Storyline: G League Signings

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Scott Roth: “It’s tougher than the NBA, tougher than Europe. There’s just so many things constantly going on down here. You got a bunch of guys with a bunch of different agendas, you’ve got agents telling guys what they want, you got teams telling them what they want. And so you’re going to get a 17, 18-year old kid and throw them in this environment with 26, 27-year old men who have a different agenda and try to manage a kid, and it’s already hard enough to manage young kids with one year of college experience.”

McDonald’s All American and Syracuse commit Darius Bazley — a projected top-10 selection in the 2019 NBA draft — has decided to turn professional and plans to sign in the NBA G League, Bazley told Yahoo Sports. Bazley, 17, told Yahoo Sports he has decommitted from Syracuse and will play in the G League after discussing several options with his mother, Lynnita Bazley, close family members and Princeton (Cincinnati) High School coach Steve Wright. Several players have set a trend of leaving collegiate commitments to play overseas, but Bazley’s decision to bypass the one-and-done format for the G League is unprecedented.

“This is a life-changing decision,” Bazley, one of the top players in the Class of 2018, told Yahoo Sports. “I put a lot of thinking into this with my mom and close circle, especially sitting down with her. It’s just like making the decision to which college you want to go to. Me and her did some talking, and I prayed on it. I talked to my high school coach, Steve, who played overseas, and then I talked to a couple of guys in the G League who have experience. Ultimately, playing professional basketball has always been my dream. It’s always going to be the dream goal, always going to be the goal until I achieve it. This is going to put me one step closer to doing so.

“The G League will have the most to offer, considering that is the development league for the NBA,” he continued. “I will get more out of that than going overseas. The G League is the closest thing to the NBA. I see most guys now are spending time in the G League even after they went to school and the draft, so this gives me the chance to accelerate the process. There have been a lot of successful guys who have been brought up in the G League, and I’m confident that I will be one of them. I’m self-motivated because I know this is what I want to do for the rest of my life. This is how I want to make a living. This is how I want to provide for my family, and provide for my love of basketball. I’m not playing any games with this. I’m attacking this straight forward. I’m not maneuvering around this, take any side steps. I’m taking this head on. This is the decision that I made, and I know it will work. I know what I’m capable of doing, and I’m going to do just that.”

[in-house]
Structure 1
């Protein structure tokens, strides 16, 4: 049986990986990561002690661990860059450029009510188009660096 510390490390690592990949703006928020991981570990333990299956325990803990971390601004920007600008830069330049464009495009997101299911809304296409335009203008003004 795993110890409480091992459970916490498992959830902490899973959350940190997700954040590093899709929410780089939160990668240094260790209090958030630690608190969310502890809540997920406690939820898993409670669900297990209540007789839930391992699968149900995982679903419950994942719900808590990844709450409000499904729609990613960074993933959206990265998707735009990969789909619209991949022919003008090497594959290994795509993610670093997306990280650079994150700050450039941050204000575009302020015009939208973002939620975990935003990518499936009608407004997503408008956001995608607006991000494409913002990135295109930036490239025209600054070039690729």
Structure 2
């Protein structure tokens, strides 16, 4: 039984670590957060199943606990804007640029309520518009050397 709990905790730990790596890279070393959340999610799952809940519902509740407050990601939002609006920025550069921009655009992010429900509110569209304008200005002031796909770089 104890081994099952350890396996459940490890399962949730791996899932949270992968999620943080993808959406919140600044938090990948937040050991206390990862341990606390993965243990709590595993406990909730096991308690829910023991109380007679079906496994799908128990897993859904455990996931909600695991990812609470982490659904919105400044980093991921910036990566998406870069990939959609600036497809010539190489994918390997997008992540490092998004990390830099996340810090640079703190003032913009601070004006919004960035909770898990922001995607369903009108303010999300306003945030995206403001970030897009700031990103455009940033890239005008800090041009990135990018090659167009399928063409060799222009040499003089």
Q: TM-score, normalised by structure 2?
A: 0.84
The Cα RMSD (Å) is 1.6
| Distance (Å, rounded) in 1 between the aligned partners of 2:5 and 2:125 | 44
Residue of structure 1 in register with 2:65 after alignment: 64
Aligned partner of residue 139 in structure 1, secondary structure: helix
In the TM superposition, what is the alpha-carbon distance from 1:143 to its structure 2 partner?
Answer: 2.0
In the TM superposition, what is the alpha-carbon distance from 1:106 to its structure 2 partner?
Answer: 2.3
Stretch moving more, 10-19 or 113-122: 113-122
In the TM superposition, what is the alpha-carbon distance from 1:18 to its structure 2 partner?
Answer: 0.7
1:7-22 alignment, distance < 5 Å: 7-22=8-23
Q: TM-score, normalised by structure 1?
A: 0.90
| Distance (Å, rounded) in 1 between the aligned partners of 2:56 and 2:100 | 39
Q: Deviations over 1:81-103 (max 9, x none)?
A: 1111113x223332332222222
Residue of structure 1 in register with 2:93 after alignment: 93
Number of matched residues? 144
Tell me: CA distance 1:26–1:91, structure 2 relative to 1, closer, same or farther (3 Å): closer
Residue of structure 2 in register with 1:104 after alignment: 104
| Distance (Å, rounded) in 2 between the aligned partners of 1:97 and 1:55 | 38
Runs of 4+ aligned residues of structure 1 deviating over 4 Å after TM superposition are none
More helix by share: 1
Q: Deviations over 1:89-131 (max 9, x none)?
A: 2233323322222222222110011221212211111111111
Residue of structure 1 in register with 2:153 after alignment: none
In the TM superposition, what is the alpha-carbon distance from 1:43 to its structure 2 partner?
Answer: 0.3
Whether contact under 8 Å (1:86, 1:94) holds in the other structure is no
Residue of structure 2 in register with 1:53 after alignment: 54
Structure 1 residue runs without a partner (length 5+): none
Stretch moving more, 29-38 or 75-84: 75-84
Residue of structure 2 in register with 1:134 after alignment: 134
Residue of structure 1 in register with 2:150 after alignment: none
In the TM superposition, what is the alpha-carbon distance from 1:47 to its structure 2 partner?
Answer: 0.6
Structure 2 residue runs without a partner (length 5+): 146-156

Some NBA players are taking the D-League route, like Ben Gordon. Charlie Villanueva: Which is crazy. Yeah, we’re talking about Ben Gordon. Charlie Villanueva: Ben is a tremendous player, his whole NBA career speaks for itself. We won a college championship together, played together in Detroit with the Pistons for years. But that’s one of the reasons when I look at that situation, I’m like ‘Wow, Ben Gordon went to the D-League!’ That’s amazing, that’s a big deal. If he could do it, how can I not do it? He’s working his way up trying to get an NBA job. So I don’t mind doing the same thing. That kind of inspired me a little bit. The D-League is a possibility. Whatever it takes. I want to play.
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April 24, 2019 | 8:55 pm EDT Update
The FBI is investigating whether the longtime business manager of Lakers point guard Lonzo Ball and his family defrauded them of millions of dollars, according to two law enforcement officials. Until recently, Ball said he and his family had no idea that Gregory Alan Foster, who he described as “like my second dad,” had served time in federal prison for taking part in a scheme that deprived investors of $3.735 million.
Storyline: Big Baller Brand
Authorities say the investigation is focused on allegations included in a lawsuit filed in Los Angeles County Superior Court this month by Lonzo Ball and Big Baller Brand. The suit alleges Foster took more than $1.5 million out of the company’s bank accounts and accepted “substantial undisclosed referral fees” from at least eight loans he arranged on behalf of the company.